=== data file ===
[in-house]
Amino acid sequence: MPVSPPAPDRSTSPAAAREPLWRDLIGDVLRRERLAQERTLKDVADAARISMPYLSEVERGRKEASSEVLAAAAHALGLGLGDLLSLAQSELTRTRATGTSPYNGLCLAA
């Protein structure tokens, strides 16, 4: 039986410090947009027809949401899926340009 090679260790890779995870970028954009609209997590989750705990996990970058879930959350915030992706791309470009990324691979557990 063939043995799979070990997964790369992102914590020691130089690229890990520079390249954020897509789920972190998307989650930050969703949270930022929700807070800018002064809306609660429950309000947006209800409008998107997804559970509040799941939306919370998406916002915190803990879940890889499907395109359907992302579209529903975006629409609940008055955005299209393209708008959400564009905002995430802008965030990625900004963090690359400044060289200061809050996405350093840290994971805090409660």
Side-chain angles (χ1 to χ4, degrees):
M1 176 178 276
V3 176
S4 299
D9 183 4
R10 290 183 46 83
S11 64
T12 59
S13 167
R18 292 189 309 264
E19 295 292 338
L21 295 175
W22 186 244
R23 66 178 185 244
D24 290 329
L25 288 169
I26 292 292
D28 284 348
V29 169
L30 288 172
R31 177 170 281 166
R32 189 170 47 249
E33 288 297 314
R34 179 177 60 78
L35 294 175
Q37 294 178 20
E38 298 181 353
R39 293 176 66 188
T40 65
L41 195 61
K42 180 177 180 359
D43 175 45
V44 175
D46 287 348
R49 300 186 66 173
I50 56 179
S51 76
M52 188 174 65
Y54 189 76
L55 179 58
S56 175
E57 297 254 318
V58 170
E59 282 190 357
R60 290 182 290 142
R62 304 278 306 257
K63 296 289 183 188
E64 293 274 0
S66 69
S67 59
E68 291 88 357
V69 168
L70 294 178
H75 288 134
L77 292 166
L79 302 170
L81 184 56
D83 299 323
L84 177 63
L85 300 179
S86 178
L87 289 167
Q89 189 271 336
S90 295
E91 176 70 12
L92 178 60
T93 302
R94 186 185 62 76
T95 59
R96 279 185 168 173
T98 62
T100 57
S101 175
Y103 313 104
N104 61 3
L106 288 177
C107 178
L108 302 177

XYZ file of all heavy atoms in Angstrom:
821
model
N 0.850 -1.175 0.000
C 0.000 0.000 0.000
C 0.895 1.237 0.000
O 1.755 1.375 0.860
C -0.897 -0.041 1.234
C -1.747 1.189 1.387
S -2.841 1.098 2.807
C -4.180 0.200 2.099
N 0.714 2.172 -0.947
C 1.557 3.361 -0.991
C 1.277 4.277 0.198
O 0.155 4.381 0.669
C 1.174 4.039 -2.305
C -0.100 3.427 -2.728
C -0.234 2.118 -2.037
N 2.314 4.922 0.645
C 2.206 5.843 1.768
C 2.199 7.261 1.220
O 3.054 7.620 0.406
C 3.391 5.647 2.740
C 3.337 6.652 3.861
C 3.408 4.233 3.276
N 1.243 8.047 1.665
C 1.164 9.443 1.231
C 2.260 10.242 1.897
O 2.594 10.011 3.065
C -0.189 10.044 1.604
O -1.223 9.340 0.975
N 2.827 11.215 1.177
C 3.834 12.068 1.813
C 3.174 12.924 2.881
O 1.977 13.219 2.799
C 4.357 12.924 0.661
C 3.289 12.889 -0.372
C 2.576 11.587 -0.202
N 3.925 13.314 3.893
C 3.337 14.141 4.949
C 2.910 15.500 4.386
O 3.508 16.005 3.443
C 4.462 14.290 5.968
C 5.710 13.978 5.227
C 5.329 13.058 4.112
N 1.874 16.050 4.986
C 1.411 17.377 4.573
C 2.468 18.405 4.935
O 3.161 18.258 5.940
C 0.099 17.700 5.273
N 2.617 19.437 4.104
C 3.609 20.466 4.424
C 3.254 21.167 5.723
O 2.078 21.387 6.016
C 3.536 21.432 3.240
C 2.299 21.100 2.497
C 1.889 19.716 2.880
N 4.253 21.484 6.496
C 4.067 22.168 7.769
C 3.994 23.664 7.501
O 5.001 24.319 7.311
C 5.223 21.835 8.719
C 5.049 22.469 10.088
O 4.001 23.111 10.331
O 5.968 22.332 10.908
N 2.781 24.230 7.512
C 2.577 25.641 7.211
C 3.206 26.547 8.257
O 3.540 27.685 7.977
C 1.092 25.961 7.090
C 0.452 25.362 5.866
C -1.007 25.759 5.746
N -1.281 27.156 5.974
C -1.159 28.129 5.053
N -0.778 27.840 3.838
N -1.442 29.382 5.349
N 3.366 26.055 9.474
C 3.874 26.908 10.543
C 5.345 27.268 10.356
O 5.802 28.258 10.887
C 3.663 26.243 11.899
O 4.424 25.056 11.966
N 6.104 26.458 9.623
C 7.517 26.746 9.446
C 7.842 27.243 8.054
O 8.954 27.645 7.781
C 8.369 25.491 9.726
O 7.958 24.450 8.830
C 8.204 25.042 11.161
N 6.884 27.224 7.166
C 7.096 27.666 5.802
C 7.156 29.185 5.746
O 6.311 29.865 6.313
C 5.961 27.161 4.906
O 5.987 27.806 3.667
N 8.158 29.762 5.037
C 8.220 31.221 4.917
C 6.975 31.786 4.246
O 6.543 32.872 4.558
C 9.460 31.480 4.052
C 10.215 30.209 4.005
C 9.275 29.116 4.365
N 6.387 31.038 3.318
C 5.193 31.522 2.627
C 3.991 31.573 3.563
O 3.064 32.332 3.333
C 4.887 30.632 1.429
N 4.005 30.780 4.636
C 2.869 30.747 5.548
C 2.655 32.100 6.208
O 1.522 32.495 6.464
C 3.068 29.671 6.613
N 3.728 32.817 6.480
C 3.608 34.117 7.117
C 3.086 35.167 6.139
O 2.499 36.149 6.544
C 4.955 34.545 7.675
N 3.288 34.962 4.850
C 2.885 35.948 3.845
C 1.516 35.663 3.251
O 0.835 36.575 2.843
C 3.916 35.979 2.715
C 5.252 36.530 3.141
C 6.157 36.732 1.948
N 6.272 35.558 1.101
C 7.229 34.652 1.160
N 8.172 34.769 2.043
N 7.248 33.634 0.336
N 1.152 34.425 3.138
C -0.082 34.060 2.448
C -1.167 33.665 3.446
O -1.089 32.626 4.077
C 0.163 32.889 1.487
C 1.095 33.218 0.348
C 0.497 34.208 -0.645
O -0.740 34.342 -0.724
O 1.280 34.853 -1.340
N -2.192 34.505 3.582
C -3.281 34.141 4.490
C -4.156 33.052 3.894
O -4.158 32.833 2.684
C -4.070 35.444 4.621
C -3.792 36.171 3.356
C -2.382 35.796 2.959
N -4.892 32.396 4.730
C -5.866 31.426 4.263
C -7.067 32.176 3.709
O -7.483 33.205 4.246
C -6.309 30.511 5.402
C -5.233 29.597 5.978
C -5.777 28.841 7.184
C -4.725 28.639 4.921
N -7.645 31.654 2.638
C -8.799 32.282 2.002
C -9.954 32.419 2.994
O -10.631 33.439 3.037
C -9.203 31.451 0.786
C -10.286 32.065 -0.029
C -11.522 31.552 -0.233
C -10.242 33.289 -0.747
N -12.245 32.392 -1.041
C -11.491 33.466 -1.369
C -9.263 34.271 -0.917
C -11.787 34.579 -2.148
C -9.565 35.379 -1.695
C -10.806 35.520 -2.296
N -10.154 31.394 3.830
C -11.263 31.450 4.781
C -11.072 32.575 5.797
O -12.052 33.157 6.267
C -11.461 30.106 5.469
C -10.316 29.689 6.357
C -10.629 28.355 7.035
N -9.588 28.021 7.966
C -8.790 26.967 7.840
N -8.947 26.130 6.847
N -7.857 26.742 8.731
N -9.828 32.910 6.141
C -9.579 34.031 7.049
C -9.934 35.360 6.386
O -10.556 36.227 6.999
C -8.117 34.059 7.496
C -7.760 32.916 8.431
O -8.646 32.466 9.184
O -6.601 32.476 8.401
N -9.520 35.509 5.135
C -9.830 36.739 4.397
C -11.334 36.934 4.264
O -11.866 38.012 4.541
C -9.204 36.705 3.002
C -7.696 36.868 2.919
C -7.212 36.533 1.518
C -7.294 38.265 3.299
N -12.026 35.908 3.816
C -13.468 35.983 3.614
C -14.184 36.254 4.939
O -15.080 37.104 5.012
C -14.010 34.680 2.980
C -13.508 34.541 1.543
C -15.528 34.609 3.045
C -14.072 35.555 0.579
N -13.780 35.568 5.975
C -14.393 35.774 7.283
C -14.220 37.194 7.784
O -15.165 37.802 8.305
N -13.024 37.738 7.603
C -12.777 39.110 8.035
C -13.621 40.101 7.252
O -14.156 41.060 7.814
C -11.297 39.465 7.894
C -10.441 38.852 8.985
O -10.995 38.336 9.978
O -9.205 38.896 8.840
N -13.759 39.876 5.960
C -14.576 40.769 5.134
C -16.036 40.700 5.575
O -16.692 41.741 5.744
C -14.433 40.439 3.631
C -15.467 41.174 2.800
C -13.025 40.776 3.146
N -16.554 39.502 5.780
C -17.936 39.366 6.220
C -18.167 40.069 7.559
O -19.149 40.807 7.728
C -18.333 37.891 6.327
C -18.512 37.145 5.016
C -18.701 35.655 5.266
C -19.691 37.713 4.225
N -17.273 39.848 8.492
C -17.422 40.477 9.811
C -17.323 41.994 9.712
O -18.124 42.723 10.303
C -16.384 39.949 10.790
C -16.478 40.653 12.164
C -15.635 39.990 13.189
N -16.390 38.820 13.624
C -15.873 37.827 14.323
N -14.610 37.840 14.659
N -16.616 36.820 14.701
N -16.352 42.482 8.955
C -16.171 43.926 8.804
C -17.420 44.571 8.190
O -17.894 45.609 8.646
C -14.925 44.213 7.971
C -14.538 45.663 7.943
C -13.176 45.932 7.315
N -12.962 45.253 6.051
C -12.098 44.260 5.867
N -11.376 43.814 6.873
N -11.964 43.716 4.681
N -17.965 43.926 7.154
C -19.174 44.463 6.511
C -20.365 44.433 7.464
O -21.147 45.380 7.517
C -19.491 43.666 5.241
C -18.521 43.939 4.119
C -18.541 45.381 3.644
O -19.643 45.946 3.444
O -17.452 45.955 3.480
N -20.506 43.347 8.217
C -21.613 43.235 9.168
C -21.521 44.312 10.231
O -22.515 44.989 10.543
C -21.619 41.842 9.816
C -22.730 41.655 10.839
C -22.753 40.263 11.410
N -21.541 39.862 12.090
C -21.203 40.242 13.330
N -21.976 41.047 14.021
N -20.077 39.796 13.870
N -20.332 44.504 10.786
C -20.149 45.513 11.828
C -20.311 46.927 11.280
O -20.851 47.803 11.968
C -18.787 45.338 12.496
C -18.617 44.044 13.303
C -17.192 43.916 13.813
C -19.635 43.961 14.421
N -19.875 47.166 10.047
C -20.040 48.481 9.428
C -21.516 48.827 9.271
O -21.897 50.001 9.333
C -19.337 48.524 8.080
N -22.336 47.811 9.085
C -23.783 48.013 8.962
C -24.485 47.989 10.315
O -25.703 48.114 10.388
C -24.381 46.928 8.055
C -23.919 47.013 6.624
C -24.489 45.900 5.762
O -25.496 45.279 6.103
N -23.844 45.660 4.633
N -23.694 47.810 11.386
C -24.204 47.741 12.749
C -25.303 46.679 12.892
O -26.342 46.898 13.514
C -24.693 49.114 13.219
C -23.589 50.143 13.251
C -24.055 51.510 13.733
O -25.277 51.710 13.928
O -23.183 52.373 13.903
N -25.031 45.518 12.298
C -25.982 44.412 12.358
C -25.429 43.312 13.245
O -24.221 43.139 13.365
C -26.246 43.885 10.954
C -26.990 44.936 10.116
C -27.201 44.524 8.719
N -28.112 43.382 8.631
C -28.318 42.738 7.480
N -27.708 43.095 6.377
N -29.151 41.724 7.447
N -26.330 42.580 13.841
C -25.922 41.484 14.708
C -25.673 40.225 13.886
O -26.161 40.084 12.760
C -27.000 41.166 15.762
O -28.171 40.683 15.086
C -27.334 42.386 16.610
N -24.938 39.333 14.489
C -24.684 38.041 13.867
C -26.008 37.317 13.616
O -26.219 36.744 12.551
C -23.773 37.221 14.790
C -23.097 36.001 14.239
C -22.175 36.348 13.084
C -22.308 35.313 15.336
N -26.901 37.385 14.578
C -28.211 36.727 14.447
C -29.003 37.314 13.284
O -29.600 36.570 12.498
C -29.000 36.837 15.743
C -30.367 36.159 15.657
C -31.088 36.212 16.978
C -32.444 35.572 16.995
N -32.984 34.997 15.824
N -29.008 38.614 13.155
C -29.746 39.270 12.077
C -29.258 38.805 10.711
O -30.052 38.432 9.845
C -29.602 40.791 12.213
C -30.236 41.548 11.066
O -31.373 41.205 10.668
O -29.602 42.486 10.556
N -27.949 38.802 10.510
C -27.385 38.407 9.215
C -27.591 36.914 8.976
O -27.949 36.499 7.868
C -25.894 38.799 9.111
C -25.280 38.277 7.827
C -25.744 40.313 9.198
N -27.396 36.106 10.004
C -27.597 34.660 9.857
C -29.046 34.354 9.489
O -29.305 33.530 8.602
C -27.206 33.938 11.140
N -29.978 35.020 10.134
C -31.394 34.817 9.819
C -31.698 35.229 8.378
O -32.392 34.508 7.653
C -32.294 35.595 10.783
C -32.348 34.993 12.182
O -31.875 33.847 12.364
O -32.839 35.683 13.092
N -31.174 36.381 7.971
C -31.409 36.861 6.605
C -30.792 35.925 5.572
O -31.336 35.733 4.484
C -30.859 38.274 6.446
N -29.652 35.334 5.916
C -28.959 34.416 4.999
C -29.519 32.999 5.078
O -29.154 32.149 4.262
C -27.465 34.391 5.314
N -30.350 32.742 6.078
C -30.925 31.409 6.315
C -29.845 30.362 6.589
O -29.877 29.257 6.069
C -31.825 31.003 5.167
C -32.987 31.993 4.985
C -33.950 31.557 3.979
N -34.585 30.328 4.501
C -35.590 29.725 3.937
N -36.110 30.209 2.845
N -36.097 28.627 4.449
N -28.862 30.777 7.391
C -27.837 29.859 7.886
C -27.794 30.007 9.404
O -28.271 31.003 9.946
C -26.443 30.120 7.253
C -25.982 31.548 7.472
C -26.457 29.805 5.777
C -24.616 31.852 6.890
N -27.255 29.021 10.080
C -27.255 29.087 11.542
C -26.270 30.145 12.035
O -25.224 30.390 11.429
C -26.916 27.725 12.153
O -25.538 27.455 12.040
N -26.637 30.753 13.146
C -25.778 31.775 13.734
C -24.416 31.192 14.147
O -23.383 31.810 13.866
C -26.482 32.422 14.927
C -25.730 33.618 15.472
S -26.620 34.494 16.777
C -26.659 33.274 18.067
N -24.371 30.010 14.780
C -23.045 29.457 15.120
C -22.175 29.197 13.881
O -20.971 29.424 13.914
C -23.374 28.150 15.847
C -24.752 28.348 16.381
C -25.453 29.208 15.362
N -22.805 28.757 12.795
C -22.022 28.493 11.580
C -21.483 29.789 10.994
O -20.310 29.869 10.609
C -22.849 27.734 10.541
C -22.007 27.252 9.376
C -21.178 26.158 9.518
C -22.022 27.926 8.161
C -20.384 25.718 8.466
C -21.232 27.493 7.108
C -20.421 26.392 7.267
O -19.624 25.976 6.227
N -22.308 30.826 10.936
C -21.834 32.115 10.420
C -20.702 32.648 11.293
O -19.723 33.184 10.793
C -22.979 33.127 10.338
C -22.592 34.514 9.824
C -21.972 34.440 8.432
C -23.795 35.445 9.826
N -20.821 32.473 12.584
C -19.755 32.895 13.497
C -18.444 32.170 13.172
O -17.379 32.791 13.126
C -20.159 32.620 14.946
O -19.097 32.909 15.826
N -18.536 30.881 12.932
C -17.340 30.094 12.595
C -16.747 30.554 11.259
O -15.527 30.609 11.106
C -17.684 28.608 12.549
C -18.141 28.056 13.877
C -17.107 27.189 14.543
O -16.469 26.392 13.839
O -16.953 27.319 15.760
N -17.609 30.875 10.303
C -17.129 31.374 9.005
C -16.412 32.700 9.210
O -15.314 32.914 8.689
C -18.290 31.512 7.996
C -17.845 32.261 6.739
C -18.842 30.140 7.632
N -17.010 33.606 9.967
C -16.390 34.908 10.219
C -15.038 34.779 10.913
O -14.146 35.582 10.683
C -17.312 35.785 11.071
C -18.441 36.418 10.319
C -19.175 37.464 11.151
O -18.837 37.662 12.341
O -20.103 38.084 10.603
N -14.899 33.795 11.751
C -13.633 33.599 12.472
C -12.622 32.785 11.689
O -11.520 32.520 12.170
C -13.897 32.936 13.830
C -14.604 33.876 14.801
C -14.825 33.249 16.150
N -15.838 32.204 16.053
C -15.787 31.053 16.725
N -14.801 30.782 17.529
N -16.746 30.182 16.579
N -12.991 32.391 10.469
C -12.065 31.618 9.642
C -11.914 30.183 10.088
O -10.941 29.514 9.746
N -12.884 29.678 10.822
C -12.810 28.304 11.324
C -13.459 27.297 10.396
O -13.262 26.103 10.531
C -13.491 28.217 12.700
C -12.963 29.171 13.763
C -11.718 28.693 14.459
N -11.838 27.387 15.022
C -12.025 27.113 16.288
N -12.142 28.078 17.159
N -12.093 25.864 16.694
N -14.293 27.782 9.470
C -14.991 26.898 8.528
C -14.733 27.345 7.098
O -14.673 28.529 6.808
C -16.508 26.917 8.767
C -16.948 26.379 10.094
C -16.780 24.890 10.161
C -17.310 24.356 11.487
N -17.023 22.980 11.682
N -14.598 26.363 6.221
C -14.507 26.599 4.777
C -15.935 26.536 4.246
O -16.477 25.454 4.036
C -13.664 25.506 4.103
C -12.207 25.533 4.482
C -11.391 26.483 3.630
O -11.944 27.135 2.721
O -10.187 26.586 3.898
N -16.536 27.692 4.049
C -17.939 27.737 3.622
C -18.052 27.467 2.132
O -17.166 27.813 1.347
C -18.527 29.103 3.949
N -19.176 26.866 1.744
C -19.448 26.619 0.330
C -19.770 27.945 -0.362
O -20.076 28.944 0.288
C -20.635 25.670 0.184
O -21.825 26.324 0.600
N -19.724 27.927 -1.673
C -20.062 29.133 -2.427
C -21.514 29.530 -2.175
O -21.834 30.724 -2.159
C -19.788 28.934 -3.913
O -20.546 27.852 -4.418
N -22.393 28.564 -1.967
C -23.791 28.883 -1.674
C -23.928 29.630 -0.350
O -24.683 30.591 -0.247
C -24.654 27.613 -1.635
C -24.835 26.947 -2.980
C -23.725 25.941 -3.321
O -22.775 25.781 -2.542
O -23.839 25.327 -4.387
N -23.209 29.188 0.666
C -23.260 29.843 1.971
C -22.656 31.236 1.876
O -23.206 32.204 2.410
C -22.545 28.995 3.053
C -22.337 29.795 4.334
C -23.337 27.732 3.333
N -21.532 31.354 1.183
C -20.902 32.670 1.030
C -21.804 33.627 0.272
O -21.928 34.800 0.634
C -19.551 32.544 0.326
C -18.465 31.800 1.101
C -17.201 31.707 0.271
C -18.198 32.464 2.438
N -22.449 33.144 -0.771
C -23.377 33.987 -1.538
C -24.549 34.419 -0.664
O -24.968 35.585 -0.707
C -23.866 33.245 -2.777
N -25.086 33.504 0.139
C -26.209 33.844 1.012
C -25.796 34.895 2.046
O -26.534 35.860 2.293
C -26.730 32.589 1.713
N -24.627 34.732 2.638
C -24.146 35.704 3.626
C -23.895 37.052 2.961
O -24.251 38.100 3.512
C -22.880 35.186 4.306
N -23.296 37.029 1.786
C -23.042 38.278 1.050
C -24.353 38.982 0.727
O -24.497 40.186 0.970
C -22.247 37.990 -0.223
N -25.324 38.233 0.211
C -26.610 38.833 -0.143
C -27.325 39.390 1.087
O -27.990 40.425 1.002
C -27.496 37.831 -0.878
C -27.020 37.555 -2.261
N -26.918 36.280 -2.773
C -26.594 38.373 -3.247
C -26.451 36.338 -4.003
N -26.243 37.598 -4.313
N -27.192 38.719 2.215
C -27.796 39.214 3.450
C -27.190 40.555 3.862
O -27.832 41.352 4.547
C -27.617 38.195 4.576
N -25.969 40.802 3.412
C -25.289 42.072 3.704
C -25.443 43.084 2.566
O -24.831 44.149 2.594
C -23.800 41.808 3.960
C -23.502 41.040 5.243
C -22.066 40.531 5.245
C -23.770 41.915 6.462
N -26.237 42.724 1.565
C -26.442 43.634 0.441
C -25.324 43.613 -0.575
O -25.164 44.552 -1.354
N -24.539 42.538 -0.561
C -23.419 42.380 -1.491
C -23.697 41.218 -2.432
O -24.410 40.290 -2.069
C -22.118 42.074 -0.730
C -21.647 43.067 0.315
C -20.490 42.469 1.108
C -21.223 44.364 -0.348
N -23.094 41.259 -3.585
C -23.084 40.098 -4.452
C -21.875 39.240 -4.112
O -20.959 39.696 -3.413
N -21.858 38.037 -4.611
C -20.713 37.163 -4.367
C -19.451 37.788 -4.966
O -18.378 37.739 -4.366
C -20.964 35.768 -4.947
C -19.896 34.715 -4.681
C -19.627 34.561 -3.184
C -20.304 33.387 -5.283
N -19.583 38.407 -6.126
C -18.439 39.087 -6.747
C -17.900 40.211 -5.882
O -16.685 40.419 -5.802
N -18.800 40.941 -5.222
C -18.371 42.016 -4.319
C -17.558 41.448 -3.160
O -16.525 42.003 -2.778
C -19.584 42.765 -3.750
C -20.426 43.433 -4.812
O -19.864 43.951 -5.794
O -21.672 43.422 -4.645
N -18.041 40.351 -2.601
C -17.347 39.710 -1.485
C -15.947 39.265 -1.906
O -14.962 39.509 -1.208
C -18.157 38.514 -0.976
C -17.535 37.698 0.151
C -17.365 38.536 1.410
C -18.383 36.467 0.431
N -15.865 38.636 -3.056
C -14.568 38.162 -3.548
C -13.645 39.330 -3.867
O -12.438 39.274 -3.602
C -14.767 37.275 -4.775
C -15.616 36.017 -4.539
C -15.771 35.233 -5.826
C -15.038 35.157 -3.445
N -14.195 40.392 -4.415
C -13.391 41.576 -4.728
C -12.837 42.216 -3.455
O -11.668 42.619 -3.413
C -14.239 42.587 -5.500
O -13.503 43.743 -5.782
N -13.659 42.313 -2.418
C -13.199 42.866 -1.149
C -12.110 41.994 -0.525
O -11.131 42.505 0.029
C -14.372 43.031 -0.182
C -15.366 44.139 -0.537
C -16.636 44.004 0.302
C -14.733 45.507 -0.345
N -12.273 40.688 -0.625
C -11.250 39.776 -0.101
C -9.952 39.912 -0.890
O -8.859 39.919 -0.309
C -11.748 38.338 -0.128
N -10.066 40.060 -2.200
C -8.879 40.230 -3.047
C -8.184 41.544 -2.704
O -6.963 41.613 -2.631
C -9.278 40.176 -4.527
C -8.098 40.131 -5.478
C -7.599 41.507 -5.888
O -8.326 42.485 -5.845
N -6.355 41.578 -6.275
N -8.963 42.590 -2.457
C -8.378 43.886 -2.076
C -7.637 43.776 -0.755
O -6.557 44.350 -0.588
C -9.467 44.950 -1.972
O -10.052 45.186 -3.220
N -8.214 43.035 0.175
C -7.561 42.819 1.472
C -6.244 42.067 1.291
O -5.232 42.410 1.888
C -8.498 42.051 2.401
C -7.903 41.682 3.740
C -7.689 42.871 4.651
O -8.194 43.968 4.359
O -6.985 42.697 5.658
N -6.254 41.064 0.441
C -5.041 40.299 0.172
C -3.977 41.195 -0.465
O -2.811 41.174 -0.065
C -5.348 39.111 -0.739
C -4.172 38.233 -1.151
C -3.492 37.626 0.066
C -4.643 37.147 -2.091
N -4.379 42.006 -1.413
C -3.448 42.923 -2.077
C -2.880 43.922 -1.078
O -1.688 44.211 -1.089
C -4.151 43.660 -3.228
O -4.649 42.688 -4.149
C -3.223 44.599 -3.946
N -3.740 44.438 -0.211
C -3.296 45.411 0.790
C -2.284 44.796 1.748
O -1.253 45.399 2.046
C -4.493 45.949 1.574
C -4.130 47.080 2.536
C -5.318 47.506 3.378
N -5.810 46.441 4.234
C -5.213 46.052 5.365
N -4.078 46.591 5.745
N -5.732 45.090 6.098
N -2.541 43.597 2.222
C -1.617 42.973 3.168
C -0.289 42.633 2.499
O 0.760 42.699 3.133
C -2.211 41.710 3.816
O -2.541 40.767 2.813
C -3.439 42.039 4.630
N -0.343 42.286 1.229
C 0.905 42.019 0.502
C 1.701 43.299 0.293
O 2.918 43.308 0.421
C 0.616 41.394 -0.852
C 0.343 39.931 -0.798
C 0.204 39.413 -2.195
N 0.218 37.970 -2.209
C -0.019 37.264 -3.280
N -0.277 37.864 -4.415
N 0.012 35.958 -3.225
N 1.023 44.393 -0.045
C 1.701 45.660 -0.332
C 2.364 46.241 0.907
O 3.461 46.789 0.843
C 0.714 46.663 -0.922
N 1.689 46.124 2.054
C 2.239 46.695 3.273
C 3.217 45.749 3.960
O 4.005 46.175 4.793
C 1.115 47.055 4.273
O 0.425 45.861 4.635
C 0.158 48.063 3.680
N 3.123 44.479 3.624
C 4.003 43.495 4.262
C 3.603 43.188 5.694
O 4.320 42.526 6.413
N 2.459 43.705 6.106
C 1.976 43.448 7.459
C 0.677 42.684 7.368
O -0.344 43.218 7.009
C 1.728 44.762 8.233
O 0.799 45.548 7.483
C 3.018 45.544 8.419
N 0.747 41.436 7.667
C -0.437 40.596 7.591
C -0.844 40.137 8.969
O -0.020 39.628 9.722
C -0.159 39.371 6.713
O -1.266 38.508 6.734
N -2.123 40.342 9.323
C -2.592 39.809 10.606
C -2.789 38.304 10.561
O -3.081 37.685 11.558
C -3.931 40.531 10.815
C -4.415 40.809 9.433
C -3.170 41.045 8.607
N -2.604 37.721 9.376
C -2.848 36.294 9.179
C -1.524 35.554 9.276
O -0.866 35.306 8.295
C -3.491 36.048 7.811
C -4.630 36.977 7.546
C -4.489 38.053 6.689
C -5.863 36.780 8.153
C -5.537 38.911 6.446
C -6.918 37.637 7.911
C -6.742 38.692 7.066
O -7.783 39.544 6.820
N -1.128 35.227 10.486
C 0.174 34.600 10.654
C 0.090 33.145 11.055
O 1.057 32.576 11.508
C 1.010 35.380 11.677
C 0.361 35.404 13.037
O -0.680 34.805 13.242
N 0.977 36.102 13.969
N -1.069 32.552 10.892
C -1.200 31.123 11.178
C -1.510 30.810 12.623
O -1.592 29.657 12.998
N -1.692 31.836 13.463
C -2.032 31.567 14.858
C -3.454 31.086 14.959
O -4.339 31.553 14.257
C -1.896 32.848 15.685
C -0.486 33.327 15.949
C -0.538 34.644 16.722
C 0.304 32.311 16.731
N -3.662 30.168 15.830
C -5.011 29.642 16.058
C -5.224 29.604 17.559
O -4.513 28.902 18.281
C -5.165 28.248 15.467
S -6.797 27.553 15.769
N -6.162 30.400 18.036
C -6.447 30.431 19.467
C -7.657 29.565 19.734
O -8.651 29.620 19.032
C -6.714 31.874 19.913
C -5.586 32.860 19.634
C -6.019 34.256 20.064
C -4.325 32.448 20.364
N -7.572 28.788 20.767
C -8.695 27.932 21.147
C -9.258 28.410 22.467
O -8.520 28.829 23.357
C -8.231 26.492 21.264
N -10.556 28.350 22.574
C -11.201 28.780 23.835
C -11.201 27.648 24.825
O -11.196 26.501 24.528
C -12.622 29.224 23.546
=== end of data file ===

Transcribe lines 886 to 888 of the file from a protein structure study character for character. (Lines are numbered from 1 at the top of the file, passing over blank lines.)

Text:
C -5.165 28.248 15.467
S -6.797 27.553 15.769
N -6.162 30.400 18.036